• by ShakaUVM (157947)

      >>This is a common practice for software (I think they did the same thing for XP -> Vista); there's really not much to see here.

      They said they did, but when I tried to claim the free copy of Vista (I bought an OEM version of XP right before Vista came out) they pretended they'd never heard of the program, or that I didn't qualify or something. (I don't recall, exactly.)

      Of course, the silver lining is that this machine is still using XP.

  • by EvanED (569694) <evaned@ g m a i l.com> on Wednesday February 11, 2009 @07:54PM (#26821023)

    1. This isn't for arbitrary XP or Vista users; it is (assuming the rumor holds) a program which they will start at some point, so that if you buy a new computer during that time with Vista Home Premium, Business, or Ultimate, you'll get an upgrade to Win 7 when it comes out. This is to reduce the number of people who hold of on buying a new computer until that time.

    2. It isn't for XP users at all. There are eleven occurances of "XP" on the linked page, and all but one is in an ad: "* Microsoft Windows Vista® Home Basic, Windows Vista® Starter Edition, and Windows® XP (all editions) are not qualifying products under the program." (emphasis mine).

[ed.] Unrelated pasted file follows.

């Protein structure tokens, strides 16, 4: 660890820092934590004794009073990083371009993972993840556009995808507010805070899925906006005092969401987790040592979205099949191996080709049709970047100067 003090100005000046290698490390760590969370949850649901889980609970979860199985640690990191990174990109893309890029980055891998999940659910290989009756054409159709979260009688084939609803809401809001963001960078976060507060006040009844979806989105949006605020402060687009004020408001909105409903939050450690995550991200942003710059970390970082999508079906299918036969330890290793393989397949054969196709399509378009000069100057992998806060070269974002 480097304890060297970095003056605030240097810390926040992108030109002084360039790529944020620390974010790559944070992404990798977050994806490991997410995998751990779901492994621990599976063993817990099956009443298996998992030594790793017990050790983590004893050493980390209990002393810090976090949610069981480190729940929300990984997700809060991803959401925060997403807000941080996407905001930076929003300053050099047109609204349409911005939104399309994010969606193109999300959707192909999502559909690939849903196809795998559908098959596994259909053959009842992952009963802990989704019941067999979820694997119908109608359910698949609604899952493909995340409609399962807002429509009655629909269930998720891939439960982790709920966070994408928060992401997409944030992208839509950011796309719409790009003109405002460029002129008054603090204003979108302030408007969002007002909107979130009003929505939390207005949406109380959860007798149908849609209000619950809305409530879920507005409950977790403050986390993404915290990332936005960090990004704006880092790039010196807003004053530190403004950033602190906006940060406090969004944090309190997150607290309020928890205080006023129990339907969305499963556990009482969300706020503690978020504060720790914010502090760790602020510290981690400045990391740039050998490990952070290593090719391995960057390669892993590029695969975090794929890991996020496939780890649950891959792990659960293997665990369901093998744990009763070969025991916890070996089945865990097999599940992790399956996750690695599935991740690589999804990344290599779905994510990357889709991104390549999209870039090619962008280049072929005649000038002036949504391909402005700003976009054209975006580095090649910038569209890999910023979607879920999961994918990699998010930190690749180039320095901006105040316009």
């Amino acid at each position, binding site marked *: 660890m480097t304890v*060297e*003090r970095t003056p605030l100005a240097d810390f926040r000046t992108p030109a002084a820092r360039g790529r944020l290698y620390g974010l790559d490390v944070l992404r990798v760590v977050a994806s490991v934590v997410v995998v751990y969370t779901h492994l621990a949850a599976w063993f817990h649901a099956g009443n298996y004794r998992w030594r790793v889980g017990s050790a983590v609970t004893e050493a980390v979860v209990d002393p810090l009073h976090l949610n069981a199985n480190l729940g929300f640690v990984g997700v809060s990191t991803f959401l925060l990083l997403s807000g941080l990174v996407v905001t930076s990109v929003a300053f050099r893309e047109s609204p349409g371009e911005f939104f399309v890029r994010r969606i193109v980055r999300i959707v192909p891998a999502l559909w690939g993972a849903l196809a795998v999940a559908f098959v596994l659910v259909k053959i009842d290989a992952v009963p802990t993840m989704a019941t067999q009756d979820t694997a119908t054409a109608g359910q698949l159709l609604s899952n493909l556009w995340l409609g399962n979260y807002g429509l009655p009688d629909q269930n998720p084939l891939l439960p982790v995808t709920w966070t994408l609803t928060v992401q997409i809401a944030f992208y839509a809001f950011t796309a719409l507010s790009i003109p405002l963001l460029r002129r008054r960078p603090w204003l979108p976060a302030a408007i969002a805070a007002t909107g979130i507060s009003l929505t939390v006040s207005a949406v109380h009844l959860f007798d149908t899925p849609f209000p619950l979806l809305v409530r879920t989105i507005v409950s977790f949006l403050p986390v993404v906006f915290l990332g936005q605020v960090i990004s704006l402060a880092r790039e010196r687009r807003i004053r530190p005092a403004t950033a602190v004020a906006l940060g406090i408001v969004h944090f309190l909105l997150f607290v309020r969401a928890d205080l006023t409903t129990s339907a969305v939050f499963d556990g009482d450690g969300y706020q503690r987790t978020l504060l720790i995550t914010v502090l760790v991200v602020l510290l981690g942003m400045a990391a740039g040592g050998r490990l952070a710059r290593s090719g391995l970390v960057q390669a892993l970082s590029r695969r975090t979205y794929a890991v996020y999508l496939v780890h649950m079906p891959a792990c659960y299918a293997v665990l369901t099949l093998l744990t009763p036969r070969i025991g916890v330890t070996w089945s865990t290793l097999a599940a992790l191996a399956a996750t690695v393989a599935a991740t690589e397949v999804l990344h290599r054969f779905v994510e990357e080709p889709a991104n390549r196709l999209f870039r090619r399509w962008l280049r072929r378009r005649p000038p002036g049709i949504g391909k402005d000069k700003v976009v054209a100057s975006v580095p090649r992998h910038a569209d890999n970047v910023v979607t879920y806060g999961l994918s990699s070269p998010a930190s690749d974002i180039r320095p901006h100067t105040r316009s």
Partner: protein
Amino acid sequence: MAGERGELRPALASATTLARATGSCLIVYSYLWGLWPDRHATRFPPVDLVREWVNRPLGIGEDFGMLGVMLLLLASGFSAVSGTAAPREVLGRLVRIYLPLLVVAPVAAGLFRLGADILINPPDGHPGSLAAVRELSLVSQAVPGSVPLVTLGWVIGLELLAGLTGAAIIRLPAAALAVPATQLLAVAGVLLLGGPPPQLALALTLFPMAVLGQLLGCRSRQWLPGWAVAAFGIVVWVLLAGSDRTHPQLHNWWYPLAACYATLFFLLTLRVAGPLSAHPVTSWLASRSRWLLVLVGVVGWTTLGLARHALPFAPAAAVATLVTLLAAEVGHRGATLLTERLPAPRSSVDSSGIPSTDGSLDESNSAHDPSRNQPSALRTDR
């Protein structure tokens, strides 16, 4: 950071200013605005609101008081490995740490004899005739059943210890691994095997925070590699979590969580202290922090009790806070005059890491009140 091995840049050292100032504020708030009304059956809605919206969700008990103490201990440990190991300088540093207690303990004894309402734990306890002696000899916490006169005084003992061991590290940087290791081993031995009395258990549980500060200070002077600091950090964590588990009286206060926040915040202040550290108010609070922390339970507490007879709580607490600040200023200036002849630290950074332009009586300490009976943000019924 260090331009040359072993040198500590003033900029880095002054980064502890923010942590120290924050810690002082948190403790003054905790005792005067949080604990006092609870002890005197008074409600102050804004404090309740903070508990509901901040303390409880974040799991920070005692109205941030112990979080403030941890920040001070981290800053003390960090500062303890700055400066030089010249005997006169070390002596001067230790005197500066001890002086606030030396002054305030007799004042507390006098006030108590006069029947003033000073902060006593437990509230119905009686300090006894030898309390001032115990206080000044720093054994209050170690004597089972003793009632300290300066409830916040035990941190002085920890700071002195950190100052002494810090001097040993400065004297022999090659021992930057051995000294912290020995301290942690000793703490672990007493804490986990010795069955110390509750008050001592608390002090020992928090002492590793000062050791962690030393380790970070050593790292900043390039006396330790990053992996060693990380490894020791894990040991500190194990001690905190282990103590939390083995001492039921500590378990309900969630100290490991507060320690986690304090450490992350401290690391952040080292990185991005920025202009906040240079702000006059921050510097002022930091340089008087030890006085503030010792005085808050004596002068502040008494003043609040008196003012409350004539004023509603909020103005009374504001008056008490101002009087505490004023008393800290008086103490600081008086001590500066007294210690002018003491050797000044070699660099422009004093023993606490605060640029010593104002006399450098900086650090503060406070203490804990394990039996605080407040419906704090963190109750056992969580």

It's a bit cliche to complain about the editors reading the articles before posting them, but did the poster even read this one?

  • My reading of it is that OEMs will be able to offer a free upgrade to Windows 7, to customers who buy new computers with Vista, during the 'eligibility period'.

    It is not a general offer of a free upgrade.

  • ...please!

  • Bad Summary -- RTFA. (Score:5, Informative)

    by Yaztromo (655250) <<moc.cam> <ta> <omortzay>> on Wednesday February 11, 2009 @07:59PM (#26821075) Homepage Journal

    You know, if you RTFA, it does state:

    * Microsoft Windows Vista® Home Basic, Windows Vista® Starter Edition, and Windows® XP (all editions) are not qualifying products under the program.

    ...and:

    End users must purchase a new PC that is pre-installed with an eligible Windows Vista Operating System (OS), during the program eligibility window.

    ...and:

    Do note that this is an optional program, so not all OEMs may choose to participate. OEMs that choose to participate in this upgrade program will have the freedom to determine how to best provide qualifying end users with the details.

    So let's recap: no free upgrades for XP users, you have to have bought a qualifying Vista-based system within an as-yet undetermined qualifying period, and even then you'll only be able to get a free upgrade from your systems OEM if they choose to participate in the program.

    This looks like the standard upgrade protection that Apple typically offers to those who buy a new system just prior to the ship date of their latest and greatest OS. So in essence, there is nothing to be seen here. Please move along people.

    Yaz.

    • by TheSpoom (715771) *

      In addition, if you've participated in the previous XP to Vista free upgrade program (which I did, not because I like Vista, but because hey, it came with the laptop, so why not), you'll know that the last time they did this, only about half the people who applied got their discs. Yay outsourcing the entire program to an inept company!

  • Honestly (Score:5, Funny)

    by Anonymous Coward on Wednesday February 11, 2009 @08:00PM (#26821091)

    I will wait for the "free upgrade" on the torrents